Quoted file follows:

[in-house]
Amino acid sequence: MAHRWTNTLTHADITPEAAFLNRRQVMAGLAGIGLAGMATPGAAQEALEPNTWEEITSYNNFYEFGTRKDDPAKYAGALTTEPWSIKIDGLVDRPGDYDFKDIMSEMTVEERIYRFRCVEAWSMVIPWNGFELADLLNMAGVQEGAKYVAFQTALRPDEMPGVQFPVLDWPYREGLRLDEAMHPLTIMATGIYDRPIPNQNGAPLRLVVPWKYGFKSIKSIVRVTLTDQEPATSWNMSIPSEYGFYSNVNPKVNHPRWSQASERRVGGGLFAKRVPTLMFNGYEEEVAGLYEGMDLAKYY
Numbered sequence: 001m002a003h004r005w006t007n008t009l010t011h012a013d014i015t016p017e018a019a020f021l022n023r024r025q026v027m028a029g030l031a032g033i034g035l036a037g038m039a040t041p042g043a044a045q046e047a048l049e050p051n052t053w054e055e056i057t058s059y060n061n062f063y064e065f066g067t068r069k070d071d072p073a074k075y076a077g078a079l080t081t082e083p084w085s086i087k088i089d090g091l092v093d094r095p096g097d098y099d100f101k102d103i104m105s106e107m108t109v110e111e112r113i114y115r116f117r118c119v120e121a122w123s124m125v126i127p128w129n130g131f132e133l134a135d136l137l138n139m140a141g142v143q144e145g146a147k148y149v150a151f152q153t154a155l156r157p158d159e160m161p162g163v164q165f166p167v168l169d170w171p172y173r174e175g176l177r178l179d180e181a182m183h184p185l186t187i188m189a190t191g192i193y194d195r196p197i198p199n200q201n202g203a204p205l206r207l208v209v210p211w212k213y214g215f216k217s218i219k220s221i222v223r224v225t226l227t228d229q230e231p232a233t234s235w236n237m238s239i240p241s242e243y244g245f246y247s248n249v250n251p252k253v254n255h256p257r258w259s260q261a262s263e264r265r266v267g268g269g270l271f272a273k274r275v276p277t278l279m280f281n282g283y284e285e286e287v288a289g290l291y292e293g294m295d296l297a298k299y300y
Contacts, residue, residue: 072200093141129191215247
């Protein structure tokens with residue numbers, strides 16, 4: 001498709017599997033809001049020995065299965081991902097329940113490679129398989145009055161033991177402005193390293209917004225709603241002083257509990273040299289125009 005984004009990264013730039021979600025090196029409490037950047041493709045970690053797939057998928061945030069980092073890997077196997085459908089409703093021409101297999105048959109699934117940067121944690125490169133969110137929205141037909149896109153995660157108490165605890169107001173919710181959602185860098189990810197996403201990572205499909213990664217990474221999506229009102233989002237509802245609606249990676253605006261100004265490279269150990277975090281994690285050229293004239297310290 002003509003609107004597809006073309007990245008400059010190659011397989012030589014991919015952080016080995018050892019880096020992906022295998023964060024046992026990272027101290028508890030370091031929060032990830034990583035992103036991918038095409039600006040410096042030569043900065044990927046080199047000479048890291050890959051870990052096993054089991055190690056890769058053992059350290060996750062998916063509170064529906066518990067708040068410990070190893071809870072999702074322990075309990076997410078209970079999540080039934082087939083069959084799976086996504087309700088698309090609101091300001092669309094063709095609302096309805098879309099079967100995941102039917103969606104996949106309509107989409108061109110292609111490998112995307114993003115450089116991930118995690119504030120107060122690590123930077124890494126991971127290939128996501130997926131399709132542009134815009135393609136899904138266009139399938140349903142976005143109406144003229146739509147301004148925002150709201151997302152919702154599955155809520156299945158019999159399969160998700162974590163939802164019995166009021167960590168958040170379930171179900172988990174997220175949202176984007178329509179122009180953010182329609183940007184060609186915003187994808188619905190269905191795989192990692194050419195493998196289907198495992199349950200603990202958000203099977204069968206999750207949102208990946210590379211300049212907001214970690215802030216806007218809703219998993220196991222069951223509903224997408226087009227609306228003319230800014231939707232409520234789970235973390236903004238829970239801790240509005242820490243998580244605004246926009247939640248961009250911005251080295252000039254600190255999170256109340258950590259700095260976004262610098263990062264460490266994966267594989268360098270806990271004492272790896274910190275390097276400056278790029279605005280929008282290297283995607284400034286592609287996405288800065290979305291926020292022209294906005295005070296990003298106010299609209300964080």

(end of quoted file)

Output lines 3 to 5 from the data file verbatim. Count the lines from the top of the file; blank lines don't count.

Numbered sequence: 001m002a003h004r005w006t007n008t009l010t011h012a013d014i015t016p017e018a019a020f021l022n023r024r025q026v027m028a029g030l031a032g033i034g035l036a037g038m039a040t041p042g043a044a045q046e047a048l049e050p051n052t053w054e055e056i057t058s059y060n061n062f063y064e065f066g067t068r069k070d071d072p073a074k075y076a077g078a079l080t081t082e083p084w085s086i087k088i089d090g091l092v093d094r095p096g097d098y099d100f101k102d103i104m105s106e107m108t109v110e111e112r113i114y115r116f117r118c119v120e121a122w123s124m125v126i127p128w129n130g131f132e133l134a135d136l137l138n139m140a141g142v143q144e145g146a147k148y149v150a151f152q153t154a155l156r157p158d159e160m161p162g163v164q165f166p167v168l169d170w171p172y173r174e175g176l177r178l179d180e181a182m183h184p185l186t187i188m189a190t191g192i193y194d195r196p197i198p199n200q201n202g203a204p205l206r207l208v209v210p211w212k213y214g215f216k217s218i219k220s221i222v223r224v225t226l227t228d229q230e231p232a233t234s235w236n237m238s239i240p241s242e243y244g245f246y247s248n249v250n251p252k253v254n255h256p257r258w259s260q261a262s263e264r265r266v267g268g269g270l271f272a273k274r275v276p277t278l279m280f281n282g283y284e285e286e287v288a289g290l291y292e293g294m295d296l297a298k299y300y
Contacts, residue, residue: 072200093141129191215247
């Protein structure tokens with residue numbers, strides 16, 4: 001498709017599997033809001049020995065299965081991902097329940113490679129398989145009055161033991177402005193390293209917004225709603241002083257509990273040299289125009 005984004009990264013730039021979600025090196029409490037950047041493709045970690053797939057998928061945030069980092073890997077196997085459908089409703093021409101297999105048959109699934117940067121944690125490169133969110137929205141037909149896109153995660157108490165605890169107001173919710181959602185860098189990810197996403201990572205499909213990664217990474221999506229009102233989002237509802245609606249990676253605006261100004265490279269150990277975090281994690285050229293004239297310290 002003509003609107004597809006073309007990245008400059010190659011397989012030589014991919015952080016080995018050892019880096020992906022295998023964060024046992026990272027101290028508890030370091031929060032990830034990583035992103036991918038095409039600006040410096042030569043900065044990927046080199047000479048890291050890959051870990052096993054089991055190690056890769058053992059350290060996750062998916063509170064529906066518990067708040068410990070190893071809870072999702074322990075309990076997410078209970079999540080039934082087939083069959084799976086996504087309700088698309090609101091300001092669309094063709095609302096309805098879309099079967100995941102039917103969606104996949106309509107989409108061109110292609111490998112995307114993003115450089116991930118995690119504030120107060122690590123930077124890494126991971127290939128996501130997926131399709132542009134815009135393609136899904138266009139399938140349903142976005143109406144003229146739509147301004148925002150709201151997302152919702154599955155809520156299945158019999159399969160998700162974590163939802164019995166009021167960590168958040170379930171179900172988990174997220175949202176984007178329509179122009180953010182329609183940007184060609186915003187994808188619905190269905191795989192990692194050419195493998196289907198495992199349950200603990202958000203099977204069968206999750207949102208990946210590379211300049212907001214970690215802030216806007218809703219998993220196991222069951223509903224997408226087009227609306228003319230800014231939707232409520234789970235973390236903004238829970239801790240509005242820490243998580244605004246926009247939640248961009250911005251080295252000039254600190255999170256109340258950590259700095260976004262610098263990062264460490266994966267594989268360098270806990271004492272790896274910190275390097276400056278790029279605005280929008282290297283995607284400034286592609287996405288800065290979305291926020292022209294906005295005070296990003298106010299609209300964080």